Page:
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File:ChuckBerry 4743.jpg

Charles Edward Anderson "Chuck" Berry (1926-) is a famous Rock and Roll singer and guitarist best known for his string of pioneering hit singles during The Fifties. Indisputably one of the most important and influential performers of all time, his best known songs include "Johnny B. Goode", "Roll Over Beethoven", "Maybellene" and many more.

Although his output slowed after a run-in with the law which saw him convicted for some time (in circumstances similar to those that wrecked the career of Jerry Lee Lewis) and his hit-making period was over by the 1960s (with the exception of his only number-one hit, 1972's "My Ding-A-Ling"), Berry's influence on subsequent performers was significant. He was widely covered and cited as a favourite by many British Invasion groups, including The Beatles, The Rolling Stones, The Yardbirds, the Pretty Things, Manfred Mann and The Kinks.

Like his contemporary, Little Richard, Berry is a definite Long Runner, having remained fairly active over the past fifty years.


  • Audience Participation Song: One of most proliferated recordings of "My Ding-a-Ling" involves him getting the audience to sing the chorus back to him.
  • But Not Too Black: The record company originally tried to hide the fact that he wasn't white. Of course, the advent of television made that pretty hard. They did make him change Johnny B Goode to a "country boy" rather than a "colored boy", though.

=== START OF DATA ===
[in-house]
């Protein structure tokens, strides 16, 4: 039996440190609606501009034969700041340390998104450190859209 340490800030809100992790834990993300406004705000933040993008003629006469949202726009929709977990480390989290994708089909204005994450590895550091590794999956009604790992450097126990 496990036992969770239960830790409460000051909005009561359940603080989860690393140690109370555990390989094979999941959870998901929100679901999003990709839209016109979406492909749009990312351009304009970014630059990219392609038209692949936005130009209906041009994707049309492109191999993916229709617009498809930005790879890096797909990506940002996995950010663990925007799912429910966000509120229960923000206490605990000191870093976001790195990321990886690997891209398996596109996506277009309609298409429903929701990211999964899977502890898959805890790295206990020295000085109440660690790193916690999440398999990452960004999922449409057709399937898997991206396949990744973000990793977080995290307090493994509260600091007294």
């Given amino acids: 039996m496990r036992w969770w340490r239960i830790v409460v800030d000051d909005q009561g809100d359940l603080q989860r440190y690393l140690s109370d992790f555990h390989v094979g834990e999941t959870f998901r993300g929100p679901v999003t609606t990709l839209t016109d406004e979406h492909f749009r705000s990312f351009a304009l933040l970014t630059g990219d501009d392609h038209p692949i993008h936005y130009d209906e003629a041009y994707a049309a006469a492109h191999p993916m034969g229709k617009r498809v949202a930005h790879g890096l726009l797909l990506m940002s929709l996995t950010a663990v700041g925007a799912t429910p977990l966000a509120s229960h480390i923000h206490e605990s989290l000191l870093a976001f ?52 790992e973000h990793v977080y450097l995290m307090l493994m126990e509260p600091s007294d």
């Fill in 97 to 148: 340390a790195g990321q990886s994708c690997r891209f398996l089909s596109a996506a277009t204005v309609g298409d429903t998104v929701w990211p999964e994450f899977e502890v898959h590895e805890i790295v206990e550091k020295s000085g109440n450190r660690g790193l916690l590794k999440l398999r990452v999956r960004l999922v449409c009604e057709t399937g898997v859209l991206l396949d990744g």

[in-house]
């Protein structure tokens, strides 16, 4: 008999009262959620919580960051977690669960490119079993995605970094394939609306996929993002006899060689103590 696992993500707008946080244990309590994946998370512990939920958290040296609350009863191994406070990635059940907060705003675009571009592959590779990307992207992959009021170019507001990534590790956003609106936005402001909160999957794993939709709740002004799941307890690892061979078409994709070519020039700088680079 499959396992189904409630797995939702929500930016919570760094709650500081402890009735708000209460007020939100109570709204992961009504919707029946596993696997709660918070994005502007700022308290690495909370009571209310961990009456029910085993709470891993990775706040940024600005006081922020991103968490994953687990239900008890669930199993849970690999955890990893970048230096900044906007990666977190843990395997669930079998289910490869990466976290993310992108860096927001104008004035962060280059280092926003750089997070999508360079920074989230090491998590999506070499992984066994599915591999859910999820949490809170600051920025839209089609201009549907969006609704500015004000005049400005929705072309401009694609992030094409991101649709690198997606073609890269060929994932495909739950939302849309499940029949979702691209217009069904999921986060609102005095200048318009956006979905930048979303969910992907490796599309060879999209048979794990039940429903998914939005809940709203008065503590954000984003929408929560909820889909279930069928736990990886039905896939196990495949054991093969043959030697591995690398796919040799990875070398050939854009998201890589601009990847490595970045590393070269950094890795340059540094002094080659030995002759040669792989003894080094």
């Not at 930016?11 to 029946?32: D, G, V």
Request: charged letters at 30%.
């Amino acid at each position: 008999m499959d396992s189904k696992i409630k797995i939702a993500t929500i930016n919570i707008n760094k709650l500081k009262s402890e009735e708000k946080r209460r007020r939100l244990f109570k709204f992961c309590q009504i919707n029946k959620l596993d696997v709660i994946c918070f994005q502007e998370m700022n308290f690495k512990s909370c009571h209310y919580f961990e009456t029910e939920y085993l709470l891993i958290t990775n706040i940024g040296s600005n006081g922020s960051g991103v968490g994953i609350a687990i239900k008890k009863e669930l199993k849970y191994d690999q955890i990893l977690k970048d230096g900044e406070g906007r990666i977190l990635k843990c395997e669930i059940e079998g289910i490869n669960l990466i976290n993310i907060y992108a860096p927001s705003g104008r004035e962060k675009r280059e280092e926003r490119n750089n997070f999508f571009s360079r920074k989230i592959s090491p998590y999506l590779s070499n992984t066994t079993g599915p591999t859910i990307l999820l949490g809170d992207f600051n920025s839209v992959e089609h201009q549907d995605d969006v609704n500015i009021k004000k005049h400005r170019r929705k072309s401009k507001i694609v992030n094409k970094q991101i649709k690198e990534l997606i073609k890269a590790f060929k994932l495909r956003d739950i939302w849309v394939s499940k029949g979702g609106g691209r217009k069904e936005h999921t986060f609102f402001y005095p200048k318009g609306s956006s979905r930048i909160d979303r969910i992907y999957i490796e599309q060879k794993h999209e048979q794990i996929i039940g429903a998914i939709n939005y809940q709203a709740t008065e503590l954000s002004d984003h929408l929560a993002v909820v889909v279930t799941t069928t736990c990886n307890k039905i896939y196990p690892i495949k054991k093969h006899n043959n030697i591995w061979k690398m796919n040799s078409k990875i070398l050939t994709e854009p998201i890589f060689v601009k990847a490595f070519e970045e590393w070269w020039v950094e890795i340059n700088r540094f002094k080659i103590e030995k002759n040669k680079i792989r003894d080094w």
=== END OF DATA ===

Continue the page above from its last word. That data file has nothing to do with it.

• Cool Old Guy: Born in 1926 and still doing gigs.
  • Call-and-Response Song: "School Day" features a contrapuntal pattern between Berry's vocal and his guitar.
  • Cover Version: One of the most popular sources for covers, especially by the artists of the British Invasion during the sixties.
  • Epic Rocking: "Concerto In B. Goode".
  • Getting Crap Past the Radar: "No Particular Place To Go" has the teenaged characters go to Make-Out Point to... "take a stroll." Uh-huh. Of course, nothing happens.

 Can you imagine the way I felt?

I couldn't unfasten her safety belt!

  • Heavy Meta: "Rock and Roll Music", "School Day", "Roll Over Beethoven". It was really what most of his lyrics were about.
  • Rockstar Song: "Johnny B. Goode" and others.
  • The Scrooge: He would rather go to jail (for the second time, even!) than paying a fine when he was sentenced for tax fraud in the seventies. When he goes on tour, he demands that the local organizers provide him with a backing band, because he doesn't want to pay travelling expenses for his own band.
  • Trope Maker: Along with Elvis Presley sideman Scotty Moore, Berry is the trope maker for guitar-based rock and roll.
  • Wham! Line: "Marie is only six years old, information please/Try to put me through to her in Memphis, Tennessee"
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